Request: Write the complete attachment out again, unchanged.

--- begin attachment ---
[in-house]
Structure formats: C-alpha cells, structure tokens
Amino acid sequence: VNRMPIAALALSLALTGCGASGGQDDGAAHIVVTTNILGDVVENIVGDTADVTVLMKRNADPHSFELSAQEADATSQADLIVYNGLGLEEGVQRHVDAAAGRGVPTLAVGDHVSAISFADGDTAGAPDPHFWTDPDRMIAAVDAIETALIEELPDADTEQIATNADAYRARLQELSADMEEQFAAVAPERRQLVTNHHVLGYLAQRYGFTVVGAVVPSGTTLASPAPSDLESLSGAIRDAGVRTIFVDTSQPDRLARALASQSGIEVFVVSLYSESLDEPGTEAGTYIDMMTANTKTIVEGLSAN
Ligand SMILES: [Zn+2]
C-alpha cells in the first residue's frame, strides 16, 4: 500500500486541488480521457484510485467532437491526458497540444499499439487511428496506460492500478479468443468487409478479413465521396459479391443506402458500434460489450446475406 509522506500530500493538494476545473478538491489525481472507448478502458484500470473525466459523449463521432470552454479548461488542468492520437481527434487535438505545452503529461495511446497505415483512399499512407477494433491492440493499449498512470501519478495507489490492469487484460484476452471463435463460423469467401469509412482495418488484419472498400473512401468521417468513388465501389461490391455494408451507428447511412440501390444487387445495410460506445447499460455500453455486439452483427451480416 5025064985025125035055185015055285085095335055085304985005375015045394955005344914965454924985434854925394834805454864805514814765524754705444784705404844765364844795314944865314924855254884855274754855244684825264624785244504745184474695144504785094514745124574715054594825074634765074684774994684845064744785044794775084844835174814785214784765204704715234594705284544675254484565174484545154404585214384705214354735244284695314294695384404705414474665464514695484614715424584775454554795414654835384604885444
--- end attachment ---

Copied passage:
[in-house]
Structure formats: C-alpha cells, structure tokens
Amino acid sequence: VNRMPIAALALSLALTGCGASGGQDDGAAHIVVTTNILGDVVENIVGDTADVTVLMKRNADPHSFELSAQEADATSQADLIVYNGLGLEEGVQRHVDAAAGRGVPTLAVGDHVSAISFADGDTAGAPDPHFWTDPDRMIAAVDAIETALIEELPDADTEQIATNADAYRARLQELSADMEEQFAAVAPERRQLVTNHHVLGYLAQRYGFTVVGAVVPSGTTLASPAPSDLESLSGAIRDAGVRTIFVDTSQPDRLARALASQSGIEVFVVSLYSESLDEPGTEAGTYIDMMTANTKTIVEGLSAN
Ligand SMILES: [Zn+2]
C-alpha cells in the first residue's frame, strides 16, 4: 500500500486541488480521457484510485467532437491526458497540444499499439487511428496506460492500478479468443468487409478479413465521396459479391443506402458500434460489450446475406 509522506500530500493538494476545473478538491489525481472507448478502458484500470473525466459523449463521432470552454479548461488542468492520437481527434487535438505545452503529461495511446497505415483512399499512407477494433491492440493499449498512470501519478495507489490492469487484460484476452471463435463460423469467401469509412482495418488484419472498400473512401468521417468513388465501389461490391455494408451507428447511412440501390444487387445495410460506445447499460455500453455486439452483427451480416 5025064985025125035055185015055285085095335055085304985005375015045394955005344914965454924985434854925394834805454864805514814765524754705444784705404844765364844795314944865314924855254884855274754855244684825264624785244504745184474695144504785094514745124574715054594825074634765074684774994684845064744785044794775084844835174814785214784765204704715234594705284544675254484565174484545154404585214384705214354735244284695314294695384404705414474665464514695484614715424584775454554795414654835384604885444